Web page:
Navigation was difficult, bushwhacking through dense dwarf willow and juniper, tantalised by small game trails made by reindeer. Following these however was fruitless and just led me in circles or down to the river. Crashing through the dense bush, I surprise a moose and her calf. They seemed equally surprised to see me, and I stared for a few moments into the mother’s eyes. She saw me as no threat and they both plodded on unfazed. Content with this wildlife encounter, I made camp and started boiling water.
Suddenly, I was joined by an owl, which swooped in and perched on a branch above me. It stayed a while, totally relaxed, and I felt completely in tune with the rhythm of nature — a part of the landscape.
After a few days beating my way up the Rappadalen, I left the trees behind and got higher into the mountains. A thin layer of fog clung to the ground and clouds hung above me. Without any trail to follow, I picked my own route and headed straight up the 45-degree slope. It burned my legs and I was soon pouring with sweat. A herd of reindeer led by a bull with antlers 2m wide ambled up the slope beside me, almost mocking me with the ease and grace with which they made their ascent.
A couple of false summits later, I got over the pass. The snow was up to my knees as I passed two pale blue glacial lakes hemmed in by snowy peaks either side. The landscape had transformed under a layer of snow, skies iron grey and unwelcoming, as I entered a new realm in monochrome. Any extra warmth the autumnal leaves imbued, snatched away on the sharp winds. I took a break to soak in the spectacular panorama of the Rappadalen valley, mother nature providing a 30-minute window before the clouds rolled in and it started snowing again. Winter was here.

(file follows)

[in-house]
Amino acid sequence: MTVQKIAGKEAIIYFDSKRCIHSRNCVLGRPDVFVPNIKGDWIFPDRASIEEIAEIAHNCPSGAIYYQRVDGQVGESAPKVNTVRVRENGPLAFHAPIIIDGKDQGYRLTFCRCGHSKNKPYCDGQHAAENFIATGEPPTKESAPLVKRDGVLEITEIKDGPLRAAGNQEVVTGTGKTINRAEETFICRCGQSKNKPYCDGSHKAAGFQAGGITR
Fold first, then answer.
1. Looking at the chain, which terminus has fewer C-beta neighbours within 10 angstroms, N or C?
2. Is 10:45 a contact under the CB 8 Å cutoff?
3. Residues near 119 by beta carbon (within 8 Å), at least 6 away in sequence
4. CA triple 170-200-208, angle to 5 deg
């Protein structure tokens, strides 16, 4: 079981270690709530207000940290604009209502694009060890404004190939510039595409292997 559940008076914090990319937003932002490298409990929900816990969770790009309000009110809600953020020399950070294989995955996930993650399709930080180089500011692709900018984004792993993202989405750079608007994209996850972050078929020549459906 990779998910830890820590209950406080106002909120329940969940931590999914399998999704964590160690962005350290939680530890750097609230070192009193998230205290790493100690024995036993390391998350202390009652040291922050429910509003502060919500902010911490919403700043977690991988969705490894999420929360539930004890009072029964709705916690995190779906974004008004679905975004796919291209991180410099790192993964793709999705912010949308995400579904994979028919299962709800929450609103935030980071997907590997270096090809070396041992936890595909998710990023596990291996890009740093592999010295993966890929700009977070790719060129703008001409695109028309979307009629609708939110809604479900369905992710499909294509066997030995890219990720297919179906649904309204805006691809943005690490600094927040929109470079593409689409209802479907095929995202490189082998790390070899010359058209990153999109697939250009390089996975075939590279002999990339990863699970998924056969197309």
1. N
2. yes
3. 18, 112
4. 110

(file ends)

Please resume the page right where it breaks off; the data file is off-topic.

Up to this point, a few boggy sections aside, I’d viewed the landscape as inviting and welcoming with its patchwork of coloured tundra, abundance of blueberries to graze on, and picture-perfect places to camp around every corner. Now it was harsh, bleak, frigid, and inhospitable. As my sweat rapidly cooled, it began to dawn on me that I was now completely on my own. I’d found the solitude I’d craved, but maybe rather too recklessly and without any means of emergency communication. But this element of risk added to the overall excitement, I guess.
I reached the confluence of the Rappa river where it branches into two wide valleys, a deep-cut gorge with crashing flumes of icy-cold glacial water.